8 Areas of Family Health!

A new approach to a happier, healthier, higher-functioning family



We believe your health (and happiness!) is more than the number on your scale. It’s more than the number of likes you have on Facebook. It’s more than the square footage of space you own or your bank balance.

Carebook believes your family’s health and happiness are made up of eight broad areas. They overlap, intertwine, and impact one another. If your family is doing well in each of these areas, you’ll stay healthier and happier—a #dreamteam family.


8 Areas of Family Health

We’re human and we’ve got diverse and unique strengths and challenges. So, of course, the goal isn’t to be perfect in all the areas of our health. Rather, it’s to identify that there are many different things that make up your family’s health and happiness. Check in with where you’re at and acknowledge some of the ways you could be taking small steps towards a healthier family unit!

Your bodies—How you eat, move, rest, and feel energized

Your emotions—How you consciously build resilience and feel happy

Your environment—How you care for your environment (in your home and in general) and feel comfortable in your space

Your learning—How much you enjoy learning and being creative—so you feel inspired

Your money—How you budget, know you have enough, and feel secure

Your organization—How you plan time and energy, share the load, and feel in control

Your purpose—How you consciously reflect and feel fulfilled

Your relationships—How you connect (within your family and outside of your family) and feel supported


Each health area intertwines with others. For example, did you know that people who get enough quality sleep have a lower risk of obesity (2)? Did you know that sitting down at your desk all day can threaten your health as much as smoking cigarettes (3)? Did you know people who keep their finances healthy have a lower risk of depression (4)? Isn’t it great to know that one small change you make in one area has the power to create positive change in other areas, too? And of course, this works for families, too. Families who take time to move together might find their relationships getting stronger. Families who take steps to get organized might find they experience less stress, etc.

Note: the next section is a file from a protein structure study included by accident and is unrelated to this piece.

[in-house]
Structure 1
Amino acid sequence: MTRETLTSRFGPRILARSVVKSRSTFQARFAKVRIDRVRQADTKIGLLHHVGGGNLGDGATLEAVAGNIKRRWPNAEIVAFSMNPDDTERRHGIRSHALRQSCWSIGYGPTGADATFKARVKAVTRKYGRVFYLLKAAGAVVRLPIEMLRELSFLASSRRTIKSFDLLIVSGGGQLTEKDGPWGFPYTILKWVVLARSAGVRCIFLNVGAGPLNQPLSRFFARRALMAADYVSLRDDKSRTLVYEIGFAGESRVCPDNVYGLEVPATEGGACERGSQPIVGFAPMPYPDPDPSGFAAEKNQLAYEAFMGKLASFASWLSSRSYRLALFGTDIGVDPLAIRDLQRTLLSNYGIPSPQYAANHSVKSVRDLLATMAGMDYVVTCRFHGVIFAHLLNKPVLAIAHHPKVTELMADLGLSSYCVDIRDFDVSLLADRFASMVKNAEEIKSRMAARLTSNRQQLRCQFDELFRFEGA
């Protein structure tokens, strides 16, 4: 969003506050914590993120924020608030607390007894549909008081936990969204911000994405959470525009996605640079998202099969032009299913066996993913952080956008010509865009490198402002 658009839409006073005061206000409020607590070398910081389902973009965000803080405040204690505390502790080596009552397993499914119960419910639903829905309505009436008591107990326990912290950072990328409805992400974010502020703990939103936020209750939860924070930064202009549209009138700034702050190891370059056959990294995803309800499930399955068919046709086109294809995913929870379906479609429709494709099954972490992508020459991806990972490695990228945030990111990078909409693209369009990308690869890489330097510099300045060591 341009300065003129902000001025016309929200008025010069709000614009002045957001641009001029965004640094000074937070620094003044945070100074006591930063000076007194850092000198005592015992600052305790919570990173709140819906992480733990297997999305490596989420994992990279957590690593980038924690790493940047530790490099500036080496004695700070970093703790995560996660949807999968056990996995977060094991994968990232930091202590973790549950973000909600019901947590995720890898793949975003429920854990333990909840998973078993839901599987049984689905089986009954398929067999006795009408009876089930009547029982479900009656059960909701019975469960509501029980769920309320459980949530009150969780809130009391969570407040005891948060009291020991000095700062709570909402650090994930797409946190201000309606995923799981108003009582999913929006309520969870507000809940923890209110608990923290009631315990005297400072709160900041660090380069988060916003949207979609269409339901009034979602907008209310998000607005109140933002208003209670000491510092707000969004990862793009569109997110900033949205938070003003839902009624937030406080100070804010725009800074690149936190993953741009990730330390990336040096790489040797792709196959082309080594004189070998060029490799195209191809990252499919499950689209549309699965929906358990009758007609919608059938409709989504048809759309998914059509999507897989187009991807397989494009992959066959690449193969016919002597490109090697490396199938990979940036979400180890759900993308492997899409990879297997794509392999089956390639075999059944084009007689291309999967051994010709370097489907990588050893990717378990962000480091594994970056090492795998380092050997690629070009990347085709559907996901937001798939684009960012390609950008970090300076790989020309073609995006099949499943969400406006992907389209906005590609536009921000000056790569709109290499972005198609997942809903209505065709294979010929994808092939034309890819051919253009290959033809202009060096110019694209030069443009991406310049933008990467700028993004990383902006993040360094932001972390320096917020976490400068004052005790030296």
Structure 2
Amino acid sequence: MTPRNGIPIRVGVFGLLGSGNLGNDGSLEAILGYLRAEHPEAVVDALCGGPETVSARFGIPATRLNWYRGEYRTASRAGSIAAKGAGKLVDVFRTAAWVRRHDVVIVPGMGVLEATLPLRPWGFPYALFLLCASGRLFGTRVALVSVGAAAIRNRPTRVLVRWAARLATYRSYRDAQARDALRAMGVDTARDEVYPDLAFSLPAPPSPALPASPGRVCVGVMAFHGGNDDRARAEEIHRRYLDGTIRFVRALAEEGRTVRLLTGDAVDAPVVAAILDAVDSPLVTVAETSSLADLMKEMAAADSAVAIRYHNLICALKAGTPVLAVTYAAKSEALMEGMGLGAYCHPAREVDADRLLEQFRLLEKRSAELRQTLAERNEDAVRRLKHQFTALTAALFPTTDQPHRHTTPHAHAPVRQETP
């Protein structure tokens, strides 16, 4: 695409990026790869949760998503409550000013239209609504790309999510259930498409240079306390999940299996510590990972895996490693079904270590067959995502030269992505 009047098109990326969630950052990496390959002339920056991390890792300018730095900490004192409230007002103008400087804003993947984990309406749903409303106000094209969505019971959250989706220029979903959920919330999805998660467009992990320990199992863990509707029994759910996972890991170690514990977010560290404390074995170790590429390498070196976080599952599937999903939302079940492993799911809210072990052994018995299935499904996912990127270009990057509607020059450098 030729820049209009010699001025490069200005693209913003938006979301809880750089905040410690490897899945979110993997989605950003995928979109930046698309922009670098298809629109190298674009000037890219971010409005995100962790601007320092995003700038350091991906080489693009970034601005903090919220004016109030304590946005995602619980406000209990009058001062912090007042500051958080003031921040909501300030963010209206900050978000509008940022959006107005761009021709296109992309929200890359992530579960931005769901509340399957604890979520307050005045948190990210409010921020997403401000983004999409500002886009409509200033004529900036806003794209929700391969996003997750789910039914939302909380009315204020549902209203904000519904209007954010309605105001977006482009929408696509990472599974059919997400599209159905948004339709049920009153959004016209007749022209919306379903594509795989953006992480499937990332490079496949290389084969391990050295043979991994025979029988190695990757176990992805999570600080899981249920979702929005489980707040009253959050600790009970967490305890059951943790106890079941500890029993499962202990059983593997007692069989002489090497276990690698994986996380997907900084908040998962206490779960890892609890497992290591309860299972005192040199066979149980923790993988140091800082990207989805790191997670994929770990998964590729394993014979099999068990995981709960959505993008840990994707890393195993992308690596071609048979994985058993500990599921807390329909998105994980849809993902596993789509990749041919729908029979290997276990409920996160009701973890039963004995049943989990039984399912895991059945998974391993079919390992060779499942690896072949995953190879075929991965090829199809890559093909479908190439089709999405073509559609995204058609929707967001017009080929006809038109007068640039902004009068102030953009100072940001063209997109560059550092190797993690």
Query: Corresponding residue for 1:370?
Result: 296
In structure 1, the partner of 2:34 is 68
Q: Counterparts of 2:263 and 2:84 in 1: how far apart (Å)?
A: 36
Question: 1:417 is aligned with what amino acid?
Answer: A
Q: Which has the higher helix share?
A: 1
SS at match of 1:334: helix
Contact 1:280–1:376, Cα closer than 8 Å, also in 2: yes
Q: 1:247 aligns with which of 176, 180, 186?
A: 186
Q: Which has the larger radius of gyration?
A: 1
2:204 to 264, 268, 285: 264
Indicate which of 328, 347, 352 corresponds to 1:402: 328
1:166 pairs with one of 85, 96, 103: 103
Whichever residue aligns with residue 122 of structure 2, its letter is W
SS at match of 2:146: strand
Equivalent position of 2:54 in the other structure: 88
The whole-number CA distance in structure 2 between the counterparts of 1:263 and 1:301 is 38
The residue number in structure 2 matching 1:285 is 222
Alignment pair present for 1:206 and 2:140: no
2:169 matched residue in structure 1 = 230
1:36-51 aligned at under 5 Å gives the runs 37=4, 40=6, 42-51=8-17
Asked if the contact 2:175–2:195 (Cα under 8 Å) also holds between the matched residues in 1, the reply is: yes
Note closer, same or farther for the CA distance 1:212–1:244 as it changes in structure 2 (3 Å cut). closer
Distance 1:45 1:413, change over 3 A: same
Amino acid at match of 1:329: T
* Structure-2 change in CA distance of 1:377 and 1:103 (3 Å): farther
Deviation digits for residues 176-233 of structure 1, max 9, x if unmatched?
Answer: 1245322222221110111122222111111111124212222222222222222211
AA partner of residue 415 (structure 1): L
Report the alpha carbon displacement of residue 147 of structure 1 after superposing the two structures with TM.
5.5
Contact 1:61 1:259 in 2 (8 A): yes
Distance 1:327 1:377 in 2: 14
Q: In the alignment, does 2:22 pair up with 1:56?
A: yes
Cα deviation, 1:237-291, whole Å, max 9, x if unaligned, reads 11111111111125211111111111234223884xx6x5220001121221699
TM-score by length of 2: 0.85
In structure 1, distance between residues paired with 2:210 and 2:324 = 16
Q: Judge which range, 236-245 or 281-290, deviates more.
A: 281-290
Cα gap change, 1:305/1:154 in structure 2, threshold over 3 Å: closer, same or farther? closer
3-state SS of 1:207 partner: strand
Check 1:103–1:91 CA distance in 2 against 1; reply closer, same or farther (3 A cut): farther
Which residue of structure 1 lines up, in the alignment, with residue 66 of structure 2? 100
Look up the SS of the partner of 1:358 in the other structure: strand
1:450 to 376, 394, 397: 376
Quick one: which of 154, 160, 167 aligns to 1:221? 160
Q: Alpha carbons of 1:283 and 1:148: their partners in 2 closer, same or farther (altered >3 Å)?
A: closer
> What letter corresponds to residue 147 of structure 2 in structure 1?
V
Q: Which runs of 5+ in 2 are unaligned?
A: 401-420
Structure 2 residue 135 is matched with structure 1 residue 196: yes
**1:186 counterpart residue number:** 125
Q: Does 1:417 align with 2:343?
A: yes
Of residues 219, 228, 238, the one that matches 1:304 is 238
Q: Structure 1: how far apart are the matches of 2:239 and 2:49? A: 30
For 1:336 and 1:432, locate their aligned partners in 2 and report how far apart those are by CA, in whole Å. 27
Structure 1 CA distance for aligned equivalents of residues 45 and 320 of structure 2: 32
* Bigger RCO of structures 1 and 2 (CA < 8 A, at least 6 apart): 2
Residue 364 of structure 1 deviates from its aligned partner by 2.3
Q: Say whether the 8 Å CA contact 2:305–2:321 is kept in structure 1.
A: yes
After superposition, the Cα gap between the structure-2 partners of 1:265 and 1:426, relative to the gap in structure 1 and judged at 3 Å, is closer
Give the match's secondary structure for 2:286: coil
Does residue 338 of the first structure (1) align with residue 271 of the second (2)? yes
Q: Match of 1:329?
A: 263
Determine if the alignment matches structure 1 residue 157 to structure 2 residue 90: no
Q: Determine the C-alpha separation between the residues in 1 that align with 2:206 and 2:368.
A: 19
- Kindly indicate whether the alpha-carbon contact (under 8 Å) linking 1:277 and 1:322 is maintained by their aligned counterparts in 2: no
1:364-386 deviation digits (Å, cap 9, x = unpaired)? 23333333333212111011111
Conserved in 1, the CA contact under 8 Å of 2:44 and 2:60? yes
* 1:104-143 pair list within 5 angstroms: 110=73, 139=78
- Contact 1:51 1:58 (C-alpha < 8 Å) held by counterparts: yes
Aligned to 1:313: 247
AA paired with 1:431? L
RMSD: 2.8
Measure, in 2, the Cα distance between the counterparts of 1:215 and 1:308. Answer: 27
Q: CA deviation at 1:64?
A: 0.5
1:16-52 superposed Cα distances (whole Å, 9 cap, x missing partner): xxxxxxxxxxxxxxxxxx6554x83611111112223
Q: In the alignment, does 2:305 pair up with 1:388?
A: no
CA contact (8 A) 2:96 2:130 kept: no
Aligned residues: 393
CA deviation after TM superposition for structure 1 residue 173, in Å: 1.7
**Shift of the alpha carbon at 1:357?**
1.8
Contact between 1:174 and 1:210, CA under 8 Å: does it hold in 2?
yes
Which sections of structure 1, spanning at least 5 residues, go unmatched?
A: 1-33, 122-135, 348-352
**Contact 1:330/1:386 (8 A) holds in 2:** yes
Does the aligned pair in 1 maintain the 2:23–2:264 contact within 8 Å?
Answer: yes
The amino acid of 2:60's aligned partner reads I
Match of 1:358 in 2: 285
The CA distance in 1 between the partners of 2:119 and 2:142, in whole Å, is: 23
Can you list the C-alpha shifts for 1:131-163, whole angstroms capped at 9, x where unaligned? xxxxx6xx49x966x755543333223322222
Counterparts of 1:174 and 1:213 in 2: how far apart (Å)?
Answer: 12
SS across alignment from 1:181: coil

We don’t think you should jump in and tackle all these 8 areas at once. (In fact, we wouldn’t encourage that at all!) Research says that lasting changes come from small steps over time (1).

Which areas are you already succeeding in? Celebrate those! Which areas do you need help with? Are there small things you and your family can start doing right now to get you closer to your goals?


Knowledge is power! Awareness and exposure to ideas can be catalysts for new habits. So take a bit of time and get to know the different health areas. Our Carebook Facebook page posts short, simple ideas, information, and inspiration. Over time, they might help you decide to make some small changes—individually or as a family. Whenever you’re ready to try tiny actions, we’ve got you covered. Each post will give you information, benefits, and a small action to try. And you don’t have to do it alone—we’re building a community of people like you who believe that many different things contribute to our health and happiness.

IMAGE: It’s time for a new, more holistic perspective about what makes you and your family healthy and happy


Although we encourage you to dive in with curiosity and enthusiasm, know that it’s a long game. Your family was your first “team” and you’ll have them forever. Just imagine if your family makes one small, positive change every month this year! Small improvements could have a big impact on all the areas of your life by the time next year rolls around.

The possibilities for big change are real. And your opportunity to become a happier, healthier, more powerful family unit is right here. All you have to do is take one small step at a time.


References: 1. Lally P, Gardner B. Promoting habit formation. Health Psychol Rev. 2013 May;7(sup1):S137–58. 2. Knutson KL. Does inadequate sleep play a role in vulnerability to obesity? Am J Hum Biol. 2012 May;24(3):361–71. 3. Diaz KM, Howard VJ, Hutto B, Colabianchi N, Vena JE, Safford MM, et al. Patterns of Sedentary Behavior and Mortality in U.S. Middle-Aged and Older Adults: A National Cohort Study. Ann Intern Med. 2017 Oct 3;167(7):465. 4. Richardson T, Elliott P, Roberts R. The relationship between personal unsecured debt and mental and physical health: A systematic review and meta-analysis. Clin Psychol Rev. 2013 Dec;33(8):1148–62.